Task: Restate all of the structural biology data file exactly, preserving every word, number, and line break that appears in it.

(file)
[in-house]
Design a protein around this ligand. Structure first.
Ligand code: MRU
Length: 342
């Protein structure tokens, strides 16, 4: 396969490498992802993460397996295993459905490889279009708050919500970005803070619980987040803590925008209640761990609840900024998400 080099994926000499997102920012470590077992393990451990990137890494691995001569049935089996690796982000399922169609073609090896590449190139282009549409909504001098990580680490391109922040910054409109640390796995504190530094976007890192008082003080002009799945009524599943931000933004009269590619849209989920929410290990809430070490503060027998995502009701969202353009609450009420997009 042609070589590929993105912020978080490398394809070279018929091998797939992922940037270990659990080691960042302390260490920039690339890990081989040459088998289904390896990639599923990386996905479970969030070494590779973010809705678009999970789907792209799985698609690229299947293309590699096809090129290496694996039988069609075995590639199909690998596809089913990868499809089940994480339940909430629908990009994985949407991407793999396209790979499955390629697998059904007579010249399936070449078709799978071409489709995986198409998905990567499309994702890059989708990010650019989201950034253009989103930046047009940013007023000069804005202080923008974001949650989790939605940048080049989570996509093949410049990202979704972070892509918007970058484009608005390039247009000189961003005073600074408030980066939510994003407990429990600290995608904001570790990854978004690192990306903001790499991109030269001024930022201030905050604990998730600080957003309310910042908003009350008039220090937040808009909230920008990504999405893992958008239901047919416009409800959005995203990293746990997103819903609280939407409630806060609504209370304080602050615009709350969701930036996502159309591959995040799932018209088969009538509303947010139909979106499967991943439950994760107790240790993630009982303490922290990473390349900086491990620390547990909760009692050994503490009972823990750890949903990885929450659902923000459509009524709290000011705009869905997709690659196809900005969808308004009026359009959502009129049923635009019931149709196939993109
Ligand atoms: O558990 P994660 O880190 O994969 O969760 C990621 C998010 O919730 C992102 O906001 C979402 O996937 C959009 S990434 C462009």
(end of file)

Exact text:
[in-house]
Design a protein around this ligand. Structure first.
Ligand code: MRU
Length: 342
């Protein structure tokens, strides 16, 4: 396969490498992802993460397996295993459905490889279009708050919500970005803070619980987040803590925008209640761990609840900024998400 080099994926000499997102920012470590077992393990451990990137890494691995001569049935089996690796982000399922169609073609090896590449190139282009549409909504001098990580680490391109922040910054409109640390796995504190530094976007890192008082003080002009799945009524599943931000933004009269590619849209989920929410290990809430070490503060027998995502009701969202353009609450009420997009 042609070589590929993105912020978080490398394809070279018929091998797939992922940037270990659990080691960042302390260490920039690339890990081989040459088998289904390896990639599923990386996905479970969030070494590779973010809705678009999970789907792209799985698609690229299947293309590699096809090129290496694996039988069609075995590639199909690998596809089913990868499809089940994480339940909430629908990009994985949407991407793999396209790979499955390629697998059904007579010249399936070449078709799978071409489709995986198409998905990567499309994702890059989708990010650019989201950034253009989103930046047009940013007023000069804005202080923008974001949650989790939605940048080049989570996509093949410049990202979704972070892509918007970058484009608005390039247009000189961003005073600074408030980066939510994003407990429990600290995608904001570790990854978004690192990306903001790499991109030269001024930022201030905050604990998730600080957003309310910042908003009350008039220090937040808009909230920008990504999405893992958008239901047919416009409800959005995203990293746990997103819903609280939407409630806060609504209370304080602050615009709350969701930036996502159309591959995040799932018209088969009538509303947010139909979106499967991943439950994760107790240790993630009982303490922290990473390349900086491990620390547990909760009692050994503490009972823990750890949903990885929450659902923000459509009524709290000011705009869905997709690659196809900005969808308004009026359009959502009129049923635009019931149709196939993109
Ligand atoms: O558990 P994660 O880190 O994969 O969760 C990621 C998010 O919730 C992102 O906001 C979402 O996937 C959009 S990434 C462009």